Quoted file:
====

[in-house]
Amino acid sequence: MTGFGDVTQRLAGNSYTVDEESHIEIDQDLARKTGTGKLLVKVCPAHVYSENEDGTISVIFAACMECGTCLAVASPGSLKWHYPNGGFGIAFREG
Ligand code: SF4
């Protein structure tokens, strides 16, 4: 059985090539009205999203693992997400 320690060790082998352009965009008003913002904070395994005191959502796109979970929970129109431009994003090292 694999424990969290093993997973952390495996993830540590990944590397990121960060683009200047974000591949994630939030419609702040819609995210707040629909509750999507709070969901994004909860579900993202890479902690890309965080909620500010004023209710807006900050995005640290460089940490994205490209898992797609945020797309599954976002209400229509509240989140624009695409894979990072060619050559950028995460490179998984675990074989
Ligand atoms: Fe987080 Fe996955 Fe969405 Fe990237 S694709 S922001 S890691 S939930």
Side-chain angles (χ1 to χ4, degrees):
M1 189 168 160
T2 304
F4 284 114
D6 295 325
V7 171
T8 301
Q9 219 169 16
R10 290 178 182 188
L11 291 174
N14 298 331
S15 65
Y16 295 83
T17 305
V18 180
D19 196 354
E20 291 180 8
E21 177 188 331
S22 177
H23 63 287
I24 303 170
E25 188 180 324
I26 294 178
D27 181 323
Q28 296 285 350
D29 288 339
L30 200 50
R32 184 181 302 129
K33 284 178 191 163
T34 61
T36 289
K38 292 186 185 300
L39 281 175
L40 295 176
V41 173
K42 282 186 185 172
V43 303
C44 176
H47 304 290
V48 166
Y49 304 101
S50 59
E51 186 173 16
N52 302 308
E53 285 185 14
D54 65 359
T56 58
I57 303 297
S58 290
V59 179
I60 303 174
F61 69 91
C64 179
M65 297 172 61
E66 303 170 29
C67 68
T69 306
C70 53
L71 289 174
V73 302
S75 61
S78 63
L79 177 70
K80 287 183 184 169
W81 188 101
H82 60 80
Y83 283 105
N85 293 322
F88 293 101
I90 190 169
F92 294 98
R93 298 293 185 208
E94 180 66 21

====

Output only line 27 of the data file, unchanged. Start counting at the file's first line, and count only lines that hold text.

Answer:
E25 188 180 324